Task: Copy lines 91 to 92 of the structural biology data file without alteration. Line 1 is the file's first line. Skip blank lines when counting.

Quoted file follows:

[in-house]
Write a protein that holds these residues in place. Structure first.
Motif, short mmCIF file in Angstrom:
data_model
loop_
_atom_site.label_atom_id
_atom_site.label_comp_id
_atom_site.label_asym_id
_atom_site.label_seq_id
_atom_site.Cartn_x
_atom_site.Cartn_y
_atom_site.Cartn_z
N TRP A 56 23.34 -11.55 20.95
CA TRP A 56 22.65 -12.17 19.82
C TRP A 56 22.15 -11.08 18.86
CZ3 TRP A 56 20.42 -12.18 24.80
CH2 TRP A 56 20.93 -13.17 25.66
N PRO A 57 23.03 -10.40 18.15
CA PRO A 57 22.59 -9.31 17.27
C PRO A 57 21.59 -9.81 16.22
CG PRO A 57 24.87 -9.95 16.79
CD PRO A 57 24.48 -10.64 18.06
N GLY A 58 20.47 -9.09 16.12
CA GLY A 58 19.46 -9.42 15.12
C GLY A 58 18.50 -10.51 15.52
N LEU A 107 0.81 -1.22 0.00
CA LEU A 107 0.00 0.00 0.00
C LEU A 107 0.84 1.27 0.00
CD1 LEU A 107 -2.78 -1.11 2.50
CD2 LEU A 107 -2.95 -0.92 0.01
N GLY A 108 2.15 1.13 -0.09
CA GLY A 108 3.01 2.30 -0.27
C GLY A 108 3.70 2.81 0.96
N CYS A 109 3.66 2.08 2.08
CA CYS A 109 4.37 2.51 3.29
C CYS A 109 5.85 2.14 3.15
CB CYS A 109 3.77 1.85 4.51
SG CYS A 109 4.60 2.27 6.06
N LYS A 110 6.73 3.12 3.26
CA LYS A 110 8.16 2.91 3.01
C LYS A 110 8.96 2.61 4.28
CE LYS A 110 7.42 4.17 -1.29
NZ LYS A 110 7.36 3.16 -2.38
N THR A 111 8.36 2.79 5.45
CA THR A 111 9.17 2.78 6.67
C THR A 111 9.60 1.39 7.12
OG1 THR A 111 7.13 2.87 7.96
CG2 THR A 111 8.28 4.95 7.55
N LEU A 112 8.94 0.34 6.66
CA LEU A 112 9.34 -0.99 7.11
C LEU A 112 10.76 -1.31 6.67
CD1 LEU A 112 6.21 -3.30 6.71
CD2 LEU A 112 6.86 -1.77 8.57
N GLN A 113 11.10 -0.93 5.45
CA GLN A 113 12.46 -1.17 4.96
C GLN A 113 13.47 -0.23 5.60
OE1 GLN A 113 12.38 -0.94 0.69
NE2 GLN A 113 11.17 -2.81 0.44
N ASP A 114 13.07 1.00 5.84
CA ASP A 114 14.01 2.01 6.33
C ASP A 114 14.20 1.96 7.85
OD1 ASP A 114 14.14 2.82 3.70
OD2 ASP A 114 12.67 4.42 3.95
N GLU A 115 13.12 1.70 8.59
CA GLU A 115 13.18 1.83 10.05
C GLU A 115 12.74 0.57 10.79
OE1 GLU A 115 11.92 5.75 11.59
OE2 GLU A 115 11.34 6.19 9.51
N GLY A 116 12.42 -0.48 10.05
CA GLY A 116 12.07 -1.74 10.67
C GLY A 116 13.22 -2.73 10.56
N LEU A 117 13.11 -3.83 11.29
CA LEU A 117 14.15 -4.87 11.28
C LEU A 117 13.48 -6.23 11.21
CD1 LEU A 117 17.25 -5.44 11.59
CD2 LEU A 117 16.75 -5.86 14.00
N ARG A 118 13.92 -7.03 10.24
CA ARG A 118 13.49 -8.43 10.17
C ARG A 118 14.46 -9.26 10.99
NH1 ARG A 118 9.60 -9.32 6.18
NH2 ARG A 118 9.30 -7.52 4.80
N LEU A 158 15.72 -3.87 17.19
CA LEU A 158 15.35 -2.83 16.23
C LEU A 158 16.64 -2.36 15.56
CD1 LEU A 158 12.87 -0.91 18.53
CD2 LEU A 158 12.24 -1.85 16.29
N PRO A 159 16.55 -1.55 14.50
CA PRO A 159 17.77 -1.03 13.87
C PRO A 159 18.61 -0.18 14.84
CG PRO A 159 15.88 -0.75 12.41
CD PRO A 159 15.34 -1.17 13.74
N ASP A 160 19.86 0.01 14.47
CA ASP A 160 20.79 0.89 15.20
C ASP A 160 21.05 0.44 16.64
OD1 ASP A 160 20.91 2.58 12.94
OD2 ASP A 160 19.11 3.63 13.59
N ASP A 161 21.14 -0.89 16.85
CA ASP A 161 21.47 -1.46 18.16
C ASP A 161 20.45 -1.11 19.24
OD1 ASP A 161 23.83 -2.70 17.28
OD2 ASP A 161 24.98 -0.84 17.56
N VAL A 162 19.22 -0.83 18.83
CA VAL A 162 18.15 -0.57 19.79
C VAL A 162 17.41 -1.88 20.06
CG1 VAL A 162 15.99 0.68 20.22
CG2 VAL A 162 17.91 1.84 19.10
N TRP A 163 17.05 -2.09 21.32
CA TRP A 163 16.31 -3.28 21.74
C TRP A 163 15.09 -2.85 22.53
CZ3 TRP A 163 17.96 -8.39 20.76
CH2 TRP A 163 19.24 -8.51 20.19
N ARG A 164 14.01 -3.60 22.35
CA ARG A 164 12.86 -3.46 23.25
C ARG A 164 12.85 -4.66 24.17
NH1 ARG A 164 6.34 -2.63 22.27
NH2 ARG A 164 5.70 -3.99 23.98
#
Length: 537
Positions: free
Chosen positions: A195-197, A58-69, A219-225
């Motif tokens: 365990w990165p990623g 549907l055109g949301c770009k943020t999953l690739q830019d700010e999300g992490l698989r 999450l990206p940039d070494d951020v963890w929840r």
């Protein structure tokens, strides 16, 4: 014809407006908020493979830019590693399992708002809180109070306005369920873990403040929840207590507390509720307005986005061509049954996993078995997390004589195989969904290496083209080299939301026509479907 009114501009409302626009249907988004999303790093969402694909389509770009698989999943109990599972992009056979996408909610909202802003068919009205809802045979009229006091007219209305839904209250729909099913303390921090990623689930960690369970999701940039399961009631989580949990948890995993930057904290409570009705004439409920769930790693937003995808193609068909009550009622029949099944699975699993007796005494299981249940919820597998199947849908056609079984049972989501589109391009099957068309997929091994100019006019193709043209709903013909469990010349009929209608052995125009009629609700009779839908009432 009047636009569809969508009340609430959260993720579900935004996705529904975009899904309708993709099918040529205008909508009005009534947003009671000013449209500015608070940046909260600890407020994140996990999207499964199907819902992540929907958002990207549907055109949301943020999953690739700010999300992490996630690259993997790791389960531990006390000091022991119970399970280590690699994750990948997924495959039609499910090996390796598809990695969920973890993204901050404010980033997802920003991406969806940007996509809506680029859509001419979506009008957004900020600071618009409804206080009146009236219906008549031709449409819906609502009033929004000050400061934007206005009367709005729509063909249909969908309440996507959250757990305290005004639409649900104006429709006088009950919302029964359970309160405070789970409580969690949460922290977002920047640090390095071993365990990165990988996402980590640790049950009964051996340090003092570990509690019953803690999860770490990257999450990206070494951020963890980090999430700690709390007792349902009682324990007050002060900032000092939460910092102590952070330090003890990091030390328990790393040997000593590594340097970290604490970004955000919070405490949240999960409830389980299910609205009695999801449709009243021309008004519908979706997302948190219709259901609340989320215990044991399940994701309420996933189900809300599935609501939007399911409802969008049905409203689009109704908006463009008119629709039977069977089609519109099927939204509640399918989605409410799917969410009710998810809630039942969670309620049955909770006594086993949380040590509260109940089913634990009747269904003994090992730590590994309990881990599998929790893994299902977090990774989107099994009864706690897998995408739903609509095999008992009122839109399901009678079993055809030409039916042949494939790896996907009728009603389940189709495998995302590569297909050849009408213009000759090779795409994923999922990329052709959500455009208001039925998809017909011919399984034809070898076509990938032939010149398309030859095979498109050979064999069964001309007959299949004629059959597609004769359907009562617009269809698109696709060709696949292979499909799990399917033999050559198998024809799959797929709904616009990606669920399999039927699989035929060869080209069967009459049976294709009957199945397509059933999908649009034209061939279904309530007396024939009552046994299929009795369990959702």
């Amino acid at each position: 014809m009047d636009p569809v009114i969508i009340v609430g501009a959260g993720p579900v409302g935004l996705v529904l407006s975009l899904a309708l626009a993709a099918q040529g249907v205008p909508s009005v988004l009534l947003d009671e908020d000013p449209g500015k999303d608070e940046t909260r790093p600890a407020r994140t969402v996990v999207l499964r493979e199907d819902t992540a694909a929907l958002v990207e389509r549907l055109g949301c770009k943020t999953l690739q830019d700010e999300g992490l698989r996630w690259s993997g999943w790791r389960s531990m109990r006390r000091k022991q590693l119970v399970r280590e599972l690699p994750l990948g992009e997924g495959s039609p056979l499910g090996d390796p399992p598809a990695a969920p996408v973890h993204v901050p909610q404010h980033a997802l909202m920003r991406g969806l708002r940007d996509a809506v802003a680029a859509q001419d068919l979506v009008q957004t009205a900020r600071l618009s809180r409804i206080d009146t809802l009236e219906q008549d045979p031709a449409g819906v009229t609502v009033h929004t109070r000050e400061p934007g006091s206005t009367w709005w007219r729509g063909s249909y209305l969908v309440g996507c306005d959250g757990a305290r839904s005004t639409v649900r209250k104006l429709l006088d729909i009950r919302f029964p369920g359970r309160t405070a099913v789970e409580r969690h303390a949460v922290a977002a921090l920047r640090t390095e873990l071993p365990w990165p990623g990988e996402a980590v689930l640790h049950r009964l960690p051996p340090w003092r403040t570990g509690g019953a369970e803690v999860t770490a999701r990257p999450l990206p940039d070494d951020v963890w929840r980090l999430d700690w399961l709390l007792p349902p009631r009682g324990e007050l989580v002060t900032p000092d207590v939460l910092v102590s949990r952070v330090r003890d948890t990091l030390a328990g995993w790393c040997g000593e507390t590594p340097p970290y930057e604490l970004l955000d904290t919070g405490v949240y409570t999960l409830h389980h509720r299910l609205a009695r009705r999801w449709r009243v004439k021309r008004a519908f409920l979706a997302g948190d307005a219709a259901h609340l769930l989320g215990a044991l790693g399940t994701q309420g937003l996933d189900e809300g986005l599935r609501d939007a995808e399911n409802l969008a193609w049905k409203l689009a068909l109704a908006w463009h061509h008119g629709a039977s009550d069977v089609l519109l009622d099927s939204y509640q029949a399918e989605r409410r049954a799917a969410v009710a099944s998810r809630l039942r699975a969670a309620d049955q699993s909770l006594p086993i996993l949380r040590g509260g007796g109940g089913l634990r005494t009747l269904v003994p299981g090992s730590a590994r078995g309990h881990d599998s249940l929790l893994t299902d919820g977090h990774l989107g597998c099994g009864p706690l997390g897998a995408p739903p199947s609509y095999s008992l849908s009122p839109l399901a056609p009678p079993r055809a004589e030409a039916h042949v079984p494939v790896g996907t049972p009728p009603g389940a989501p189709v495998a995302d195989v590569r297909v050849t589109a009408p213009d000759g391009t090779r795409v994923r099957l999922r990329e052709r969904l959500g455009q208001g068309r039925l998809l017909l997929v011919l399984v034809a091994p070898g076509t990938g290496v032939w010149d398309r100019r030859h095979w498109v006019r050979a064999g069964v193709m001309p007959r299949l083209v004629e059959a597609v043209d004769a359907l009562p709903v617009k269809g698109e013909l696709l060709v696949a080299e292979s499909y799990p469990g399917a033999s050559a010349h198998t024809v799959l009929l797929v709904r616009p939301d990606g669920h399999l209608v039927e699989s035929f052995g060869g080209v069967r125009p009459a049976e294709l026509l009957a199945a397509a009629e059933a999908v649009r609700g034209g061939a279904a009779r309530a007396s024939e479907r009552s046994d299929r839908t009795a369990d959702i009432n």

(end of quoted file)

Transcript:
CD PRO A 159 15.34 -1.17 13.74
N ASP A 160 19.86 0.01 14.47